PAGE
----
Pulpo Gallego Recipe: A Galician-Style Octopus Tapa

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Ratings (27)
  • Total: 75 mins
  • Prep: 15 mins
  • Cook: 60 mins
  • Yield: 8 servings
Nutritional Guidelines (per serving)
234 Calories
9g Fat
12g Carbs
26g Protein
(Nutrition information is calculated using an ingredient database and should be considered an estimate.)

Pulpo Gallego, or Galician-style octopus, is a popular tapa (or appetizer) served all over Spain today. It originated in the northwestern Spanish region of Galicia, where octopus is a specialty and a common catch for local fishermen.

This tapa recipe could not be easier. It is simply cooked octopus served with boiled potatoes, olive oil, and sweet Spanish paprika.


  • 1 1/2 pounds octopus
  • 4 large potatoes
  • 1 /4 cup olive oil (Spanish extra virgin, to drizzle)
  • 1 dash paprika (sweet Spanish)

Steps to Make It

  1. To cut down the cooking time for the octopus, freeze it first.

  2. Remove it from the freezer and place it in a large pot of boiling water and cook until soft enough to eat. This usually takes about 1 hour for a 1- to 2-pound octopus. To test its tenderness, insert a knife where the legs and head meet. If it goes in easily, it's ready to eat.

  3. Remove the octopus from the water and allow to cool. Refrigerate for at least 1 hour. Cut into bite-size chunks, slicing the legs in 1/2-inch rounds and the head into thin strips.

  4. Rinse potatoes and clean with a vegetable brush.

  5. Fill a medium-sized pot halfway with water. Bring to a boil over high heat. Boil the potatoes until they can easily be poked with a fork.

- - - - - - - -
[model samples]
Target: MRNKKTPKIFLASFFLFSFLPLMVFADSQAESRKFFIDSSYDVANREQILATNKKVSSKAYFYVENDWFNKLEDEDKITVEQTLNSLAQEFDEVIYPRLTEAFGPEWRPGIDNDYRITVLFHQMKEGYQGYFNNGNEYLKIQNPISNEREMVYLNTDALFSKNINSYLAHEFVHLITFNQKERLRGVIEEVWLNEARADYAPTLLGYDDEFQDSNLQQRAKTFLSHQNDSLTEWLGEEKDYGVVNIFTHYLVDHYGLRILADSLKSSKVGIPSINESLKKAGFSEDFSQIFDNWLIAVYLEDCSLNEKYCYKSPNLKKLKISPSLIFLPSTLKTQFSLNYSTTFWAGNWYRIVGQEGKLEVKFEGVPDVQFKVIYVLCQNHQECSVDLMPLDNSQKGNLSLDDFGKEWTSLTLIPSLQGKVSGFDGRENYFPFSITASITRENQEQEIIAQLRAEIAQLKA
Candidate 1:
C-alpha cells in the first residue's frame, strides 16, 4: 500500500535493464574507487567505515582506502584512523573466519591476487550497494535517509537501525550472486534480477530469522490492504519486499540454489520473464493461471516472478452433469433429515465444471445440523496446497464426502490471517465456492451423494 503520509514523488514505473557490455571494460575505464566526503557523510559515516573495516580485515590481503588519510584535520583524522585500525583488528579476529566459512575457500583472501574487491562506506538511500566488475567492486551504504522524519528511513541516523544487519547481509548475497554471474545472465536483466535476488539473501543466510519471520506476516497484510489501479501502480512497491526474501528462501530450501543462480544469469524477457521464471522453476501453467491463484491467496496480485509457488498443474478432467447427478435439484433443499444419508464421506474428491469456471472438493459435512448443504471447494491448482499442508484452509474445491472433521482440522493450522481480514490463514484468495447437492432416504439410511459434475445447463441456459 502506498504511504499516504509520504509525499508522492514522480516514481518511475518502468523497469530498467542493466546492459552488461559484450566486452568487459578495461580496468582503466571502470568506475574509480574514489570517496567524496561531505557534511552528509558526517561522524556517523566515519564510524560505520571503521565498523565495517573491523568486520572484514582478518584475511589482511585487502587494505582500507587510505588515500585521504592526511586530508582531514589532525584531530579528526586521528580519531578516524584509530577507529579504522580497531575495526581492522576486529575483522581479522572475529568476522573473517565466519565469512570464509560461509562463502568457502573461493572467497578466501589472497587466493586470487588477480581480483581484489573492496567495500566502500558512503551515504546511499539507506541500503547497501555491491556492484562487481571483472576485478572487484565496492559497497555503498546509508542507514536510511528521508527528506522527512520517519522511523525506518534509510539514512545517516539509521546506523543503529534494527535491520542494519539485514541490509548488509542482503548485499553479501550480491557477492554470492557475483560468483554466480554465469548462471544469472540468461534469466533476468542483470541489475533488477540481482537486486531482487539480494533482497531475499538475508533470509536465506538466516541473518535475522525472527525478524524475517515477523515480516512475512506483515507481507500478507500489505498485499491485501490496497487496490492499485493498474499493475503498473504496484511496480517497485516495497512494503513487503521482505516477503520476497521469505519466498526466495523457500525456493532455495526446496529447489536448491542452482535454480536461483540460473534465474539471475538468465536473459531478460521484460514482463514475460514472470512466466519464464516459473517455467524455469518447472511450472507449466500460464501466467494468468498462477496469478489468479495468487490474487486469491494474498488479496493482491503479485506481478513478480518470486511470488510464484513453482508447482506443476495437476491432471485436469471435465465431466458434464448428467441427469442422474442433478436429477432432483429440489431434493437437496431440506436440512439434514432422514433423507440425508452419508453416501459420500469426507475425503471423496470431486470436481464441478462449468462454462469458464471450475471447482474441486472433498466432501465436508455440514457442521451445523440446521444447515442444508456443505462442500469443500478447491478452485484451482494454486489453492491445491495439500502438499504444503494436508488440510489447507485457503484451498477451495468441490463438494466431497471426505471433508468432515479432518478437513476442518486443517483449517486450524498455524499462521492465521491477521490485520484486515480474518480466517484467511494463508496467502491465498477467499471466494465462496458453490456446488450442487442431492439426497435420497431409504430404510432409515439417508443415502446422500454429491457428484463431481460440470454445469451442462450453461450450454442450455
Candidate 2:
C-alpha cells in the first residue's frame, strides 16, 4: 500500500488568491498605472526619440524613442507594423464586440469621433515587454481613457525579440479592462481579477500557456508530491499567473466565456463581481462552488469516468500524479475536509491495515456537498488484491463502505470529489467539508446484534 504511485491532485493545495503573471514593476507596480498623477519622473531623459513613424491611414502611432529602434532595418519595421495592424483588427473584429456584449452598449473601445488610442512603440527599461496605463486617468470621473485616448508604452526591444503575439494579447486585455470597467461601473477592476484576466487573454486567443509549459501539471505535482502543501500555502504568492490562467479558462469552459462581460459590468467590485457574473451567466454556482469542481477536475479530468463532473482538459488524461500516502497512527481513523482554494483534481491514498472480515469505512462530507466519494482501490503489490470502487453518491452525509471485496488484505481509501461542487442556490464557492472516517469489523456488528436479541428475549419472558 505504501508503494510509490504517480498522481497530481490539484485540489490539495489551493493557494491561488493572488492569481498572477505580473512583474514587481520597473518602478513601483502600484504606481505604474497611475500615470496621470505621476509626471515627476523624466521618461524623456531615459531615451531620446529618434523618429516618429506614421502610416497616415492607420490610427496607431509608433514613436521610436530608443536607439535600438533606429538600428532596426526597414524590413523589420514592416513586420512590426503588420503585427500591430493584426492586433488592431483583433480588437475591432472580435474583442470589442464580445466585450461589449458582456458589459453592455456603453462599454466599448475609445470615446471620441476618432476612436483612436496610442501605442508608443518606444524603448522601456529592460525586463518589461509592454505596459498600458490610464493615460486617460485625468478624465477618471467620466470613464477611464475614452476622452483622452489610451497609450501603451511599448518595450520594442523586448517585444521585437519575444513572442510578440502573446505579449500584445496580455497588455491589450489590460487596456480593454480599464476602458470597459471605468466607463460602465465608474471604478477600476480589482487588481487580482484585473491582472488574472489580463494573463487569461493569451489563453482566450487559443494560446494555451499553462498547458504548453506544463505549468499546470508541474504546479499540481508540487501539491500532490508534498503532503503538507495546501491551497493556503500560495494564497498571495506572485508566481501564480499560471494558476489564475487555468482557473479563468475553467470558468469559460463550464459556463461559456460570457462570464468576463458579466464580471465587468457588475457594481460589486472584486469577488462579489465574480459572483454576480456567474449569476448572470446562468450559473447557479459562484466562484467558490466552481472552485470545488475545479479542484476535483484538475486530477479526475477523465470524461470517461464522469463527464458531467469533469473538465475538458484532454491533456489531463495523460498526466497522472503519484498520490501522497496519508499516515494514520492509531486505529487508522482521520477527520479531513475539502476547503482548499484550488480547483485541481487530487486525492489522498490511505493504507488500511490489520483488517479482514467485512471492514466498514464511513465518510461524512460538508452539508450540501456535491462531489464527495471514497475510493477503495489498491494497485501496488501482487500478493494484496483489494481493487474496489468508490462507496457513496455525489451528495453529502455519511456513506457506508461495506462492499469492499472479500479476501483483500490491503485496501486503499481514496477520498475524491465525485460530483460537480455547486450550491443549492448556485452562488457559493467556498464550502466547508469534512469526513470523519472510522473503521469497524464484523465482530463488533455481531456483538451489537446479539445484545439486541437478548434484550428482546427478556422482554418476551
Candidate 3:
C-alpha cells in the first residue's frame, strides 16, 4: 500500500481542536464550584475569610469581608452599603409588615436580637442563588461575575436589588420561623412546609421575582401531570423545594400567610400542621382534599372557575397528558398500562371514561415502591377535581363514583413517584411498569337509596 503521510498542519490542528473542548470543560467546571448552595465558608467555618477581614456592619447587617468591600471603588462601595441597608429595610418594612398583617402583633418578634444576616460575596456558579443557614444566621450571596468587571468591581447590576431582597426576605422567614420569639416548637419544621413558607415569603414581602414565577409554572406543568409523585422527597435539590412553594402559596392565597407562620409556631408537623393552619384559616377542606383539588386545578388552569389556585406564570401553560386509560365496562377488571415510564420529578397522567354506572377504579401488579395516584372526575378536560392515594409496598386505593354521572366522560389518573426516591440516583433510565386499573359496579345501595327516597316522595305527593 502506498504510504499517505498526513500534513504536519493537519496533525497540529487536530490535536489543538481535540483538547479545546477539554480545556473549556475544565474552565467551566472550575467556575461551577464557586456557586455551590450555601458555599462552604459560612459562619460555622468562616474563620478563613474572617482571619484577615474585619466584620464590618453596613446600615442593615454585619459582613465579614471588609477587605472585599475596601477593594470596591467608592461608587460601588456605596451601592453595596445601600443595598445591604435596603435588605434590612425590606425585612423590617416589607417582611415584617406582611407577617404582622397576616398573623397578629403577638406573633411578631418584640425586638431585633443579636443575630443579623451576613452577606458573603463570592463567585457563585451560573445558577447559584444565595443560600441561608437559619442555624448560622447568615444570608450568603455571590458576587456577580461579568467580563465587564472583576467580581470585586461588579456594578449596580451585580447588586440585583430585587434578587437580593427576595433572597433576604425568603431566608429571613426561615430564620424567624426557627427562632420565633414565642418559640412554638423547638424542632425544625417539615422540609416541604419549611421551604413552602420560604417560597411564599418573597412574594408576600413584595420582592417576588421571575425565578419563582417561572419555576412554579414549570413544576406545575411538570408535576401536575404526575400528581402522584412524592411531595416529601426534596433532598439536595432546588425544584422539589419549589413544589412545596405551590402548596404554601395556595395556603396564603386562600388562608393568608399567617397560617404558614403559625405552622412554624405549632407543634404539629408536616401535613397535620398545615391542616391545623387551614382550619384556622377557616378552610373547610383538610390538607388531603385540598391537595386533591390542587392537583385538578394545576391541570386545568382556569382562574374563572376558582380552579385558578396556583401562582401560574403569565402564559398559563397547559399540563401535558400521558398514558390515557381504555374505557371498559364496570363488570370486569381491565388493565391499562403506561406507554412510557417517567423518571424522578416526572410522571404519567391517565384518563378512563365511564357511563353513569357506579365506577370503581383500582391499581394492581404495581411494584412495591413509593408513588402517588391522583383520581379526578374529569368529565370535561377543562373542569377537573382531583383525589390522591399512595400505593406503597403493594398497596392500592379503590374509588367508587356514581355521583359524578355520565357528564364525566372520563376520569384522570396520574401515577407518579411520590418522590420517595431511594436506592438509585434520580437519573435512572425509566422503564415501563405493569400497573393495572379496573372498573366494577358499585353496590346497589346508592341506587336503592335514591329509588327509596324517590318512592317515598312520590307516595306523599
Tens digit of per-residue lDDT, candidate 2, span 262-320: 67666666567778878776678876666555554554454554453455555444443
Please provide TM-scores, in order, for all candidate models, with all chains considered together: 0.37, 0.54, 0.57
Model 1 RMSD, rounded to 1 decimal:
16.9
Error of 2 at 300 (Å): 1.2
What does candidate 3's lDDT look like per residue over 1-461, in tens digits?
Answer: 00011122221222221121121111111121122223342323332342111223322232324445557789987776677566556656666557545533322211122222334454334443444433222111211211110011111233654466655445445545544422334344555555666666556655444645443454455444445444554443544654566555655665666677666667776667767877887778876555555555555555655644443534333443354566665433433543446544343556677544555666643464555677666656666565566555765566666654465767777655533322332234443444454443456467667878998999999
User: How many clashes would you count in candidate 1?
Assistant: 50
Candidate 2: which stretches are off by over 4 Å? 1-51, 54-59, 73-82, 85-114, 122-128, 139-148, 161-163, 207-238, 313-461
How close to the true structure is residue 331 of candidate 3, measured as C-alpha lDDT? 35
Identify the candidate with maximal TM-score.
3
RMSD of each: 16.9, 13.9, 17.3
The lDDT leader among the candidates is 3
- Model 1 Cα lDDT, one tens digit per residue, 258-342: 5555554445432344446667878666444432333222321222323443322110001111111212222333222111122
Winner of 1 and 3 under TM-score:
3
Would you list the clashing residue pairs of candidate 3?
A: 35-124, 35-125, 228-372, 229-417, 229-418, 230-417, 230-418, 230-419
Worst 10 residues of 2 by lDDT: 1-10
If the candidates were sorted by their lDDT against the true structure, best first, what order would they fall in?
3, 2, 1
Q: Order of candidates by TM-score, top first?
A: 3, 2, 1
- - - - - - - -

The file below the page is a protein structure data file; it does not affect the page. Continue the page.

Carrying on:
6. Remove from heat and place under cold running water.

  7. Allow to cool, then peel the potatoes. Slice into rounds approximately 1/3-inch thick.

  8. Arrange potato slices on a serving platter. Place octopus on top. Drizzle with olive oil. Sprinkle sweet paprika over top and serve.

Selecting Octopus

You can use either fresh or frozen octopus. Depending on where you live, it may be easier to find it frozen. Keep in mind that fresh octopus should not smell fishy; this is a sign that it's going bad.

If it's a fresh octopus, ask the fishmonger to clean it for you. Otherwise, cleaning octopus is not difficult to do yourself. Be sure to remove the ink sac, the section of the head with the eyes, the beak, and the internal organs.

If you find boiled octopus at a local ethnic or gourmet food store, this will cut down on the time it takes to prepare this dish. Simply remove it from the package, rinse, and slice.